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Call to overhaul NSW Hospital funding as emergency wards flooded with low-need patients

Published: (Updated: ) in Australian News by .

NSW Hospitals have been slammed with more than 3 million people, many of whom attended because doctor visits may not be covered by Medicare.

The New South Wales Health Minister has called for an overhaul to how our health system is funded after high number of patients are showing up with conditions that could be treated by a GP.

Brad Hazzard says patients are showing up at hospitals with conditions partly due to the fact that doctor visits are not always covered by Medicare.

Nearly half of all people in New South Wales, a total of 3 million patients, visited an emergency department last year.

"If people had a choice between paying that money and going to an emergency department free, it's pretty obvious where they will go," Mr Hazzard told 9News.

One idea from Denmark that could help ease the pressure on NSW hospitals could see patients triaged over the phone before going to hospital.

Patients call a number and are diagnosed by a nurse or doctor over the phone, then told either to wait and see a GP or given permission to go to the local hospital if the condition is life-threatening.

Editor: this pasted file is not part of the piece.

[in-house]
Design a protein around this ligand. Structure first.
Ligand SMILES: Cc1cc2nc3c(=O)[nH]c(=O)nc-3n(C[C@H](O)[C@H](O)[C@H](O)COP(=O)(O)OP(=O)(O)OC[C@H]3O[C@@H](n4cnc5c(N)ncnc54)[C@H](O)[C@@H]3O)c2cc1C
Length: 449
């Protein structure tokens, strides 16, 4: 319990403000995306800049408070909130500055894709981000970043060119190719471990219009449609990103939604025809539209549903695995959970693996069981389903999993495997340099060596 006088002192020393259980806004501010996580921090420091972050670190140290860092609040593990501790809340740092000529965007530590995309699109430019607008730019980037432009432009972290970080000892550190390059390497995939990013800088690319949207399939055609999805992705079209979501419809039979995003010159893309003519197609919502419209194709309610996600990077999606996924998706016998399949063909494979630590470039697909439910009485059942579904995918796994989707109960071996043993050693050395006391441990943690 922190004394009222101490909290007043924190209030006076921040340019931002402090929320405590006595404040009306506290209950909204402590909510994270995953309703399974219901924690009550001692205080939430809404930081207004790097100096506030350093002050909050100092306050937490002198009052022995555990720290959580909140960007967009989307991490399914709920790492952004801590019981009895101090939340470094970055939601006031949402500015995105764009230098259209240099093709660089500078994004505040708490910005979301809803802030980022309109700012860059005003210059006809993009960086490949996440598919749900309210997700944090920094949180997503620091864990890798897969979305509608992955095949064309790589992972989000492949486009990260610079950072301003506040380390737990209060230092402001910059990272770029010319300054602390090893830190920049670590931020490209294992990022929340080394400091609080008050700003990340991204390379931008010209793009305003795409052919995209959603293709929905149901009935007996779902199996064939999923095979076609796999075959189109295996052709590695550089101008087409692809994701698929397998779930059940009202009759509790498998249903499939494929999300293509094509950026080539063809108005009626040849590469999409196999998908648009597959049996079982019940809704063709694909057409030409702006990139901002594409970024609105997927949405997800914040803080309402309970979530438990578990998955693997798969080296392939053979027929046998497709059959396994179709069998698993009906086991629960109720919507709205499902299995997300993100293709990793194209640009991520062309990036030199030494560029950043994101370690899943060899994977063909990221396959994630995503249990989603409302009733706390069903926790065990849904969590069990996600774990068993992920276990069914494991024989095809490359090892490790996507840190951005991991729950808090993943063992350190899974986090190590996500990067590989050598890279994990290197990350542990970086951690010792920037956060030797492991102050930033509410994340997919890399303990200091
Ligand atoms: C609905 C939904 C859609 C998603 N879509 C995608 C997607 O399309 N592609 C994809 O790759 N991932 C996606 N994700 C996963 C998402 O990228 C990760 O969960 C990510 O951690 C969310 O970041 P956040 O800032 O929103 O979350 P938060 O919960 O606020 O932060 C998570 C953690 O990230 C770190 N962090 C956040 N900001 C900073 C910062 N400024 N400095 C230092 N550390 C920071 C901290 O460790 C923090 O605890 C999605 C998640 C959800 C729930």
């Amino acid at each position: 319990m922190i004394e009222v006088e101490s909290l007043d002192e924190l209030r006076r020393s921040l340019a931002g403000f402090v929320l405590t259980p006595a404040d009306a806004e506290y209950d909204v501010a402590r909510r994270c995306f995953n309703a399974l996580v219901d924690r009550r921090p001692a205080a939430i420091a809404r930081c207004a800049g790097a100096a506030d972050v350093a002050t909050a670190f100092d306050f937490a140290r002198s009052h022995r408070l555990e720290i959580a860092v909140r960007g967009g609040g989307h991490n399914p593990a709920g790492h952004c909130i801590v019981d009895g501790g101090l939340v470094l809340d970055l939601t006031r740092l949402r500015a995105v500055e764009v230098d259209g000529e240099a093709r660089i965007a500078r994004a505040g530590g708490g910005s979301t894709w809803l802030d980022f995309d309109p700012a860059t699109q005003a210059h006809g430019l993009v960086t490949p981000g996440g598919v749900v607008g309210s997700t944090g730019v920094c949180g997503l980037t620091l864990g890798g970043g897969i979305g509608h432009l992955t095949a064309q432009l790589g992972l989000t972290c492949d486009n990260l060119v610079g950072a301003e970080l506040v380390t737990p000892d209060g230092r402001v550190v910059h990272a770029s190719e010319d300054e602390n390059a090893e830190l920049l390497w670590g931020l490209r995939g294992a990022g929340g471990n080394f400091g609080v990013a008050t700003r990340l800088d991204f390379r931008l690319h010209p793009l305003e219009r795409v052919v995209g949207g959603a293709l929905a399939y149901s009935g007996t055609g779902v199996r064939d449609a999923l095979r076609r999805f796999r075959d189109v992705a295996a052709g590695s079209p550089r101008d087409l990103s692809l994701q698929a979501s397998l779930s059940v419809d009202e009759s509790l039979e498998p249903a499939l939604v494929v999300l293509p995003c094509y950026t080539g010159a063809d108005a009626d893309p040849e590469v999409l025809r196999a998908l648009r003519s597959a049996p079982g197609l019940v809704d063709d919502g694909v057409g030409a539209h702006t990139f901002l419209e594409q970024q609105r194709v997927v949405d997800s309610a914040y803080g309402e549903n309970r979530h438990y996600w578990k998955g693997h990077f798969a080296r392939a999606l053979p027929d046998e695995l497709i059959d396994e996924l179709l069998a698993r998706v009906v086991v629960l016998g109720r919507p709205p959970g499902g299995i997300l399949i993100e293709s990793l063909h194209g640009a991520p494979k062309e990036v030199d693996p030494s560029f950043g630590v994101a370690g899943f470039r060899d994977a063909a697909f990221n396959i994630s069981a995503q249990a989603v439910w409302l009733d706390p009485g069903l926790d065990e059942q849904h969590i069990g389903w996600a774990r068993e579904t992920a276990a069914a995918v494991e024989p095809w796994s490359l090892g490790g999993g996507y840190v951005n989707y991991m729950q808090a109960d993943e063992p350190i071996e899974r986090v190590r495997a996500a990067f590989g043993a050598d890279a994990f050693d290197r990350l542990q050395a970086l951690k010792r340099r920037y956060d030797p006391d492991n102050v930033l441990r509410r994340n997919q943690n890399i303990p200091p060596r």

Mr Hazzard said NSW hospital departments have become "a substitute for GPs", and has called for an overhaul of the system which includes paying family doctors more.

"I am desperate for the federal government to lead reform," he said.

For six years the federal government has refused to give GPs a pay rise through Medicare, putting the industry $1 billion out of pocket and sending many clinics out of business.

"General Practitioners are having to look very carefully at their costs and gaps are being charged to patients much more frequently," Dr Harry Nespolon from the Royal Australian College of General Practitioners told 9News.

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The federal government is now set to increase doctor's pay by almost two per cent. Health Minister Greg Hunt is open to changing the law to allow private health insurers to cover out of pocket costs at the GP.

"Greg Hunt doesn't really recognise the depth of the problem right across Australia," Shadow Health Minister Chris Bowen said.

Source: 9News

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